Do You Know Your Cruelty-Free Brands?

I thought I'd pop in and share an experience I had recently when I was looking to buy a bottle of perfume.

Some time ago I was in hospital and one of the morning nurses wore a perfume that I simply fell in love with - it was sweet and vanilla-y and exactly the kind I love. So I asked her the brand and perfume name and she kindly shared it with me.

Recently while visiting family, I dropped into a local department store in search of this perfume. By this stage I had forgotten the name but was pretty sure I could remember the brand. It didn't take long to find it and I was all ready for buying it when a thought came into my head: "I wonder if this brand is cruelty-free?" As you know, I'm a big advocate for supporting cruelty-free brands and I want to ensure I make smart choices when buying products.

But it's difficult to carry around a list of cruelty-free brands in your head and I appreciate that mistakes can very easily happen. Indeed, I was really close to making such a mistake. You see, I had my suspicions about this brand as I thought I had read that it sells in the Chinese market where I know it is still required, by law, for a brand to have its products and ingredients tested on animals before they can sell in there.

So I asked the sales assistant if the brand was cruelty-free and she assured me it was. She even went so far as to tell me that they grow their own skin in a lab to test their products. I was impressed. But something still kept niggling at me so I decided to postpone buying the perfume and come home to do a little research myself.And, sadly, my fears were confirmed. The brand sells in China and, therefore, has its products and ingredients tested on animals.

So how can we be sure that the brands we are buying are cruelty-free?

And how can we be sure that the information the sales assistant gives us is correct?

The simplest way to ensure you buy cruelty-free products is to look for one of the three legal cruelty-free logos. If a company's products display a logo different to the 3 listed below, then they are not certified as cruelty-free.

Now, let's be transparent about this. The best logo to look for is the Leaping Bunny logo as certification to carry this logo is a long and thorough process. But it's also a very expensive process, costing brands hundreds of dollars, and one that is, therefore, mostly only open to larger established brands with cashflows to match. And it does come with a major pitfall: it does not require that all parent and subsidiaries must also be accredited. A simple example of this would be The Body Shop owned by  L’Oréal. The Body Shop is Leaping Bunny accredited whereas its parent company, L’Oréal, currently is not.

In contrast the PETA logo is relatively inexpensive (approximately $100) and, therefore, accessible to even growing handmade businesses such as Simply Skin.

Bearing this in mind there really is no reason why all companies who genuinely and passionately do seek to create products that are cruelty-free, should not carry one of these 3 logos.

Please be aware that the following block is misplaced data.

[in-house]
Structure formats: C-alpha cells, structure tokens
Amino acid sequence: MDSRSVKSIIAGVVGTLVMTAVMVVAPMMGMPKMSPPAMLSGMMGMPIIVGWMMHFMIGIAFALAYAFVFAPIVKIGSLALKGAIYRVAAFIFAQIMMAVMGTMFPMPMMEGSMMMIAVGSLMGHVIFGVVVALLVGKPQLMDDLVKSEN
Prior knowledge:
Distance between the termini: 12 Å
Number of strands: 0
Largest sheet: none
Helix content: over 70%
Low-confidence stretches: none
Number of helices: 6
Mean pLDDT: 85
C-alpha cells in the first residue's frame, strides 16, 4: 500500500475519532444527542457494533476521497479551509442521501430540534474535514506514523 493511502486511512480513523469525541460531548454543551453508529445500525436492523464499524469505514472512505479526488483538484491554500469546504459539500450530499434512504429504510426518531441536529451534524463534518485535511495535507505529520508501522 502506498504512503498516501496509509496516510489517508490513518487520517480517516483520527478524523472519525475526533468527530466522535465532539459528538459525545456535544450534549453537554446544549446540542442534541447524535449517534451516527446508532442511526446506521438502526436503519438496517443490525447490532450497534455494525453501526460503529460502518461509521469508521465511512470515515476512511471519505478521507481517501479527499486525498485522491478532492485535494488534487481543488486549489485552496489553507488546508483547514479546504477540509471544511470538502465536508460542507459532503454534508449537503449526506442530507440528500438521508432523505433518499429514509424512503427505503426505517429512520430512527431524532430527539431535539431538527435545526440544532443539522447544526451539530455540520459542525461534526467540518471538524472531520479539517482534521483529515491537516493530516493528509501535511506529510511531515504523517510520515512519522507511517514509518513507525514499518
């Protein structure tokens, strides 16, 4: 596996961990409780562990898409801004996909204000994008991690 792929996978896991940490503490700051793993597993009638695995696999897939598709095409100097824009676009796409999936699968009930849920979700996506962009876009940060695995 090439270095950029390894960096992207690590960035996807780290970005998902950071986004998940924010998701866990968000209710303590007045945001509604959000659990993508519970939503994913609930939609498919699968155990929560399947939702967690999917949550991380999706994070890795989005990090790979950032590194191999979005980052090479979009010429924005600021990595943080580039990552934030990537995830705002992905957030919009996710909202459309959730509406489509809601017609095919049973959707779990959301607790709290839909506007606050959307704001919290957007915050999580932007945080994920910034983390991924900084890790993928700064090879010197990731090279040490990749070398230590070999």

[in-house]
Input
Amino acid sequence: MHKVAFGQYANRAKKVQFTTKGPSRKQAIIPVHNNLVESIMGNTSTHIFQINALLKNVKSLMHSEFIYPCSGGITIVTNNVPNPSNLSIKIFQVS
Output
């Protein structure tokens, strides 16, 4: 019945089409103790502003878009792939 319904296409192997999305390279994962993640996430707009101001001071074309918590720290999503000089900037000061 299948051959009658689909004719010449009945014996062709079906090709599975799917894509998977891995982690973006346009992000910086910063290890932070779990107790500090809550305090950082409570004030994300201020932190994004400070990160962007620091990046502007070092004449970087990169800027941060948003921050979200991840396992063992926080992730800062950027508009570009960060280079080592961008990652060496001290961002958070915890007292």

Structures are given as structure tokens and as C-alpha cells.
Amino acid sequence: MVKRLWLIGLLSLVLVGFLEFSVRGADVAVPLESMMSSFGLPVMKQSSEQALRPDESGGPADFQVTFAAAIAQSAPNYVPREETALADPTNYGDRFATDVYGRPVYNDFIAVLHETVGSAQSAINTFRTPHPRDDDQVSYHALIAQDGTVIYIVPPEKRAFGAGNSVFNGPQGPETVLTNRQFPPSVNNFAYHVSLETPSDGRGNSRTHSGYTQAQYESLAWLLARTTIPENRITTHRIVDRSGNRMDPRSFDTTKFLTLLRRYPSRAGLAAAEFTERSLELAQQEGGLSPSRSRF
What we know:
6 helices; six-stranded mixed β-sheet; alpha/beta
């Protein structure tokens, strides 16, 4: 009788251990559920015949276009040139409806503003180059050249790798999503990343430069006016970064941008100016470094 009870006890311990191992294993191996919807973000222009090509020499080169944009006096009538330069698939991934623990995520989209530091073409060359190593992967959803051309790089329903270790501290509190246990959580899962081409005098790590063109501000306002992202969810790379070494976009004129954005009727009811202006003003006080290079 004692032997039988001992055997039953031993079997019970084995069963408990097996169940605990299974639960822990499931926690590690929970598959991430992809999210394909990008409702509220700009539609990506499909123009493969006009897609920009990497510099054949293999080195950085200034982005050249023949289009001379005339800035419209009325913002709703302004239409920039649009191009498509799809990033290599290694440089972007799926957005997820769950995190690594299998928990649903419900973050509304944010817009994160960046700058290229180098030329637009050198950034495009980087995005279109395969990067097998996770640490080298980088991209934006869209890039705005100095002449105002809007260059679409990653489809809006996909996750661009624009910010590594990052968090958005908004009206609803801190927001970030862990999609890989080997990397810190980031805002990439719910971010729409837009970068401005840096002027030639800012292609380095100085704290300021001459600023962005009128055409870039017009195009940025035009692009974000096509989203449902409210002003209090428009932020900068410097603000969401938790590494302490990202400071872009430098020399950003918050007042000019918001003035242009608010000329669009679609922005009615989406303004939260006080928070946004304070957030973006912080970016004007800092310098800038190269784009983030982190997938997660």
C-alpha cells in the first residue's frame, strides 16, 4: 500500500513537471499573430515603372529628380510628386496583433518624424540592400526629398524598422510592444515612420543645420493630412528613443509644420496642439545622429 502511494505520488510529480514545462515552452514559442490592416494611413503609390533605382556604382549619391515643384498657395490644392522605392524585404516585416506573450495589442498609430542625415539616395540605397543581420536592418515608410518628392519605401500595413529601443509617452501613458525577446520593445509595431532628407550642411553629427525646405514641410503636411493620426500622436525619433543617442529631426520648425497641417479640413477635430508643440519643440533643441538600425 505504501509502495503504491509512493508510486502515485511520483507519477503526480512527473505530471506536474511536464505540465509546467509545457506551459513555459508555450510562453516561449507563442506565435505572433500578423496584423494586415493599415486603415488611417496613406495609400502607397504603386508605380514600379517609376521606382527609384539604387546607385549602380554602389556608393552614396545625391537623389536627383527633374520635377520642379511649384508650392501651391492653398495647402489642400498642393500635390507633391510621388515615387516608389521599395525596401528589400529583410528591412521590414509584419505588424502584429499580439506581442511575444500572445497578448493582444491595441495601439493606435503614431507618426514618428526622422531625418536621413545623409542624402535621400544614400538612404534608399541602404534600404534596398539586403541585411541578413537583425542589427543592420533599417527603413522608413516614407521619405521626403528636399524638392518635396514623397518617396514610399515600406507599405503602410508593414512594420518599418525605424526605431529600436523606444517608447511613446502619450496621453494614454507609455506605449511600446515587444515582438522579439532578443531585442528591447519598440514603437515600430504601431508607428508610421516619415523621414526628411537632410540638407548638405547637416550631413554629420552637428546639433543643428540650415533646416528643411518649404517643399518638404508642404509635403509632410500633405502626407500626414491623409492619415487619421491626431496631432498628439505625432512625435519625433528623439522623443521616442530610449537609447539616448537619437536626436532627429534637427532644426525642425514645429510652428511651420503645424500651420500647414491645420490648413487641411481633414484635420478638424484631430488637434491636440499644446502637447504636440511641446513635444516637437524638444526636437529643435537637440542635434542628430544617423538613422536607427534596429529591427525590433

My goal for Simply Skin is to gain accreditation to carry the Leaping Bunny logo but at the moment I would rather invest lesser money into an alternative legal logo (my products are PETA certified) and donate a percentage of my sales to bunny rescue centres who care for, feed, and home abandoned bunnies.

Whilst it is important for me to be a certified cruelty-free brand, it is more important to me to "practice what I preach" and take cruelty-free a step further to help change the lives of abandoned and rescued bunnies.

So next time you're out shopping for skincare or perfume, don't gamble with your purchases, choose only those brands that have 1 of the 3 legitimate logos above displayed on their product/packaging.

But what about the 2013 EU law that banned testing on animals?

Surely, as a result of this law, there is no need for products to carry a Cruelty-Free logo?

Indeed there was a law passed in 2009 which banned testing, within the EU, of ingredients and products. And later, in 2013, the law banned the sale of products within the EU which were animal-tested. However there were loopholes in these laws which some companies were quick to take advantage of, especially when seeking to enter emerging markets such as China which still require that products and ingredients be tested on animals before being sold in that market.

For example, the EU law cannot stop companies from testing their products or ingredients on animals so long as these tests are performed outside the EU or the products are sold outside the EU.

To explain this in detail, before some products can go on sale in China, for example, they must be tested by the Chinese authorities, and this usually involves testing on animals. These tests are carried out by the Chinese authorities, meaning the European companies still meet legal EU requirements (ie they are not being tested on animals within the EU) and the products are only sold in the Chinese market, also meaning that the European companies meet legal EU requirements (ie those products that are tested on animals are only sold outside the EU, eg in China).

So whilst you may initially think there is no longer a need for companies to go through the process of becoming Cruelty-Free-certified because of current EU legislation, I wish to highlight that it is as important as ever. If you truly want to shop consciously and ethically, you'll want to buy from a brand which carries a legitimate logo so you know, for certain, that none of their products or ingredients are tested on animals anywhere in the world.

So until all the loopholes are closed in the current EU legislation, there remains the need for companies who are passionate about creating cruelty-free products to be certified to use one of the legitimate cruelty-free logos.